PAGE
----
Back in the 1950s, my family would all get together at my Aunt Julie and Uncle Louie’s house and celebrate New Year’s Eve. The adults drank whiskey sours, hi-balls, and screwdrivers, and given it was a special occasion, my young cousins and I were allowed to drink as many bottles of soda as we desired. At midnight, as the illuminated ball descended at Times Square in New York City, we would all watch Guy Lombardo and his Royal Canadians orchestra bring in the New Year.
But right after all the balloons were popped, the horns were blown, the noise-makers were spun, and everyone—all fifty or sixty uncles, aunts, and cousins—kissed and hugged in celebration, the living room would quickly become darkened and silent. My parents and most of my aunts and uncles would go into the kitchen, where the alcohol and food were located, to smoke cigarettes and cigars and drink toasts and reminisce about bygone years. All the kids and teenagers, though, including myself and my sister, would closely gather around the black and white TV in the living room and become hypnotically drawn into the terror, accompanied with ominous music, that emerged on the screen.
Every New Year’s, soon after midnight, a TV station in Connecticut would broadcast Howard Hawk’s classic science fiction horror movie The Thing from Another World (1951). And every New Year’s, as a special treat, my young cousins, my sister, and I would be allowed to stay up until roughly 1:30 am and watch this ultra-spooky, send-frigid-shivers-through-your-bones tale about a small group of people trapped with a dangerous and powerful alien in a snowstorm-bound scientific outpost near the North Pole.
Although the action in the movie starts off slowly, soon there is mystery, awe, and wonder when a flying saucer, having been tracked on radar as it descended and crashed into the earth, is located just below the polar surface of ice a short plane flight from the outpost. But when a reconnaissance party arrives at the crash site and attempts to melt the surrounding ice with chemical bombs, the saucer is accidentally blown up. From this point forward in the movie the tension and terror quickly build. A short distance away from where the saucer was located, the scientific team observe a dark humanoid shape frozen below the surface of the ice. A hideous looking creature, presumably an occupant of the saucer, is chopped out of the ice, and encased in a block of ice, “the thing” is brought back to the outpost.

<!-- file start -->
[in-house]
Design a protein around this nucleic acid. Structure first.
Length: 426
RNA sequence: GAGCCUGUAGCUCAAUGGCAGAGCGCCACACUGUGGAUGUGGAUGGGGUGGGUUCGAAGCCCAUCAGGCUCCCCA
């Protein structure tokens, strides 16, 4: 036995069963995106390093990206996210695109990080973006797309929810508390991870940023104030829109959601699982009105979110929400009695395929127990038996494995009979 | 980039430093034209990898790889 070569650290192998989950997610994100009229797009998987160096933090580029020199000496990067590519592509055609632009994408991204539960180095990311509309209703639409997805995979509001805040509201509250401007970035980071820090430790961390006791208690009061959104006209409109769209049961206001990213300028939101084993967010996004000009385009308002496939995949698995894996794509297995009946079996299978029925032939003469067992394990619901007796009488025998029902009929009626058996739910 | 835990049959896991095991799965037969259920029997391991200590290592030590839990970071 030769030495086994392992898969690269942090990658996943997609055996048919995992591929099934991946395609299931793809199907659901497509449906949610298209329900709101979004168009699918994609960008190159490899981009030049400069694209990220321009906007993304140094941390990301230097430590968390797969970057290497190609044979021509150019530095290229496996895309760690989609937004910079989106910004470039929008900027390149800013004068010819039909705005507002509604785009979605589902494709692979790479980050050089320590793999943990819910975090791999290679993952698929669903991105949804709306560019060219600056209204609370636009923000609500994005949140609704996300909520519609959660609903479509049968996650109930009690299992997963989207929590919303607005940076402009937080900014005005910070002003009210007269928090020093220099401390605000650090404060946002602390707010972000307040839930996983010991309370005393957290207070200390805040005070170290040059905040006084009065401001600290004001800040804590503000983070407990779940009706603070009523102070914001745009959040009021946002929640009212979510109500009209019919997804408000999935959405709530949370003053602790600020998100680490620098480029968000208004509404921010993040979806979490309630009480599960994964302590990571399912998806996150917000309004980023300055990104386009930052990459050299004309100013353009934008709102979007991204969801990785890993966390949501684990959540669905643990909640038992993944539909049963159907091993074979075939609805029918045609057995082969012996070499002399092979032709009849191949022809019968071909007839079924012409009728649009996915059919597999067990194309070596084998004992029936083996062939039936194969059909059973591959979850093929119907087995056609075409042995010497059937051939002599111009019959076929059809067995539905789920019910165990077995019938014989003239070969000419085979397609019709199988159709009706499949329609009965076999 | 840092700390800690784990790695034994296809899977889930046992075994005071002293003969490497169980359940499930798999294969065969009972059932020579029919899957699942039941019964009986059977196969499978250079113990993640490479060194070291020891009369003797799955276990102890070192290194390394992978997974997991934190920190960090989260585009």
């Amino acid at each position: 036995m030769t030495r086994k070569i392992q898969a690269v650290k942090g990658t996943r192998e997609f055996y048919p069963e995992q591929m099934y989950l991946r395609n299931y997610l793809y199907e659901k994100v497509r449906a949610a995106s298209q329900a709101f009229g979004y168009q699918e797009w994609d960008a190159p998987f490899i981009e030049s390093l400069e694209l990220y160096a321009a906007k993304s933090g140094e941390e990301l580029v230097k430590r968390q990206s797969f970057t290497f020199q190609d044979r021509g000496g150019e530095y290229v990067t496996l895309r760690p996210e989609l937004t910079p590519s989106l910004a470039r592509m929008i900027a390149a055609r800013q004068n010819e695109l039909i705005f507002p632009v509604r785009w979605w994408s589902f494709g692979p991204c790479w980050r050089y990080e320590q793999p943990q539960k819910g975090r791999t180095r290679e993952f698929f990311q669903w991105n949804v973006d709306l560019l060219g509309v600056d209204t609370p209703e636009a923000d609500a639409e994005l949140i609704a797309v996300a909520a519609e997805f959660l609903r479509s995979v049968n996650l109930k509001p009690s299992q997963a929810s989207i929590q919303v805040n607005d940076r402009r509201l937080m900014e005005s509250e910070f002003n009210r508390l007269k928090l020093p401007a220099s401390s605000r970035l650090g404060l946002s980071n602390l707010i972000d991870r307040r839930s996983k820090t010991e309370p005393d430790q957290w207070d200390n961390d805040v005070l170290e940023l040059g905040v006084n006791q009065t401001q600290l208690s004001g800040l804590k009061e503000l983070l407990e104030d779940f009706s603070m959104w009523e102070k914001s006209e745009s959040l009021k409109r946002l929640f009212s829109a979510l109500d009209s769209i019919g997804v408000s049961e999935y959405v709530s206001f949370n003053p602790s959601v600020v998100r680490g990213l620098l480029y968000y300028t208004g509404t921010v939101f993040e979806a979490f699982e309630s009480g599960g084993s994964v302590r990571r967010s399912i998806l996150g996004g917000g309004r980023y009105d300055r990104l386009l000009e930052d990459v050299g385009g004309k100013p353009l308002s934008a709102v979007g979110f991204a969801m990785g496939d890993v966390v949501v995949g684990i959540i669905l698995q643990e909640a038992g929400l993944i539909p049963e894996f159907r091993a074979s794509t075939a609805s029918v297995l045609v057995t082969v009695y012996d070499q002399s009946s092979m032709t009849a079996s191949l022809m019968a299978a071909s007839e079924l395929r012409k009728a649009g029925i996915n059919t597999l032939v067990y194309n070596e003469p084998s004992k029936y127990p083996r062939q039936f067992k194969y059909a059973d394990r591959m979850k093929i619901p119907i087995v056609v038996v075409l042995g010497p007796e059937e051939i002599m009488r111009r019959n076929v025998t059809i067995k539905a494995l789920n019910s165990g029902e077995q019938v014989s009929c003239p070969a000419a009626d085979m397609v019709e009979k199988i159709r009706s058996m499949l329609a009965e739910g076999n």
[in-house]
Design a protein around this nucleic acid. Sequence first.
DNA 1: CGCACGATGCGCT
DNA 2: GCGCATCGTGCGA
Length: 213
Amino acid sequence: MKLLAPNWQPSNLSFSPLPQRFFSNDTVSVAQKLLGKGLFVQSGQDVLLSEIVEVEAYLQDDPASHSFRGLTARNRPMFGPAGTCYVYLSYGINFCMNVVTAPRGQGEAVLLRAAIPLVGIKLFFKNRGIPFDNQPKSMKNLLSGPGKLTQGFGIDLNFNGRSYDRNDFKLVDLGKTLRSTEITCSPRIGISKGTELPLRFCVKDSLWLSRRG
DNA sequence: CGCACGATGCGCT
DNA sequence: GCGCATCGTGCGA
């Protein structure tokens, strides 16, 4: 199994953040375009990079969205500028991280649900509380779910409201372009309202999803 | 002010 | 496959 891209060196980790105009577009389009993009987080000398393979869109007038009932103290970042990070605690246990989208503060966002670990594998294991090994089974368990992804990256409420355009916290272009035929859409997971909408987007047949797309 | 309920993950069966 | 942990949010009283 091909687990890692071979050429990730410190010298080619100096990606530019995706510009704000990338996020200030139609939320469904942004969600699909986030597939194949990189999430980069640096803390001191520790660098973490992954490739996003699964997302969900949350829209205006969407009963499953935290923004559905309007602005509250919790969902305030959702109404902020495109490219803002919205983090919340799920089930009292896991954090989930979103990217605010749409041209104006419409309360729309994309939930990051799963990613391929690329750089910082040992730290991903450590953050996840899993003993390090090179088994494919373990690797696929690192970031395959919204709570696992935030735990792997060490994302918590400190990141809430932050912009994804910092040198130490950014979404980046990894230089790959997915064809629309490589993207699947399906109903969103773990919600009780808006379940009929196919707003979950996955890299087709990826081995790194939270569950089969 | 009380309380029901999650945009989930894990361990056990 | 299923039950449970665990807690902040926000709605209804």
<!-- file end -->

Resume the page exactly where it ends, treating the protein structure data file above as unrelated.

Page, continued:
The giant humanoid-shaped alien, with its frightening and eerie gaze now revealed through the melting, clearing ice, is accidentally thawed out from the frozen ice block—the person responsible for watching the alien stupidly covers the ice block with an electric blanket—and now able to move about, the alien escapes into the surrounding blizzard night. The alien fights off several Husky dogs, killing a couple of them and draining them of blood, but the dogs bite off one of the alien’s hands. In one of the movie’s eerie scenes, when the hand is recovered by the scientists and given animal blood the detached hand seems to come alive, moving its fingers.
The scientists soon discover that the alien is some kind of super-intelligent plant, with fingernails resembling thorns. Underneath its fingertips the scientists discover spores. They plant the spores in soil, and supplying the spores with blood, small shoots quickly sprout, and as the plants grow, increasingly more pronounced heartbeats are detected within the bulbous pods that emerge on the upper ends of the plants. Yet while the enthralled and rather foolish scientists are studying these creepy growing life-forms, admiring the creatures’ unique biological capacities, the alien is terrorizing the outpost and a number of people, including some of the scientists, are killed before the alien is finally destroyed, being burned to a shriveling cinder by electrocuting it.
As a central point of tension in the movie, right after the frozen alien is first brought into the outpost, a philosophical conflict emerges between the scientists, who in their quest for knowledge want to understand and communicate with the alien, and the rest of the outpost’s occupants, including military men, who are focused on survival and want to destroy the creature before it kills all of them. Although highly advanced, both biologically and technologically, which is the focus of interest of the scientists, the alien is also powerful, ruthless, and indifferent to human life, which is the riveting, life and death concern for the rest of the outpost’s occupants. Although more “evolved” than us, the alien is horrific and deadly. Do we dive into the cosmic transcendent, perhaps annihilating ourselves in the process, or do we fight for our lives, tooth and claw, against the powerful demon who has crash-landed on our primitive world?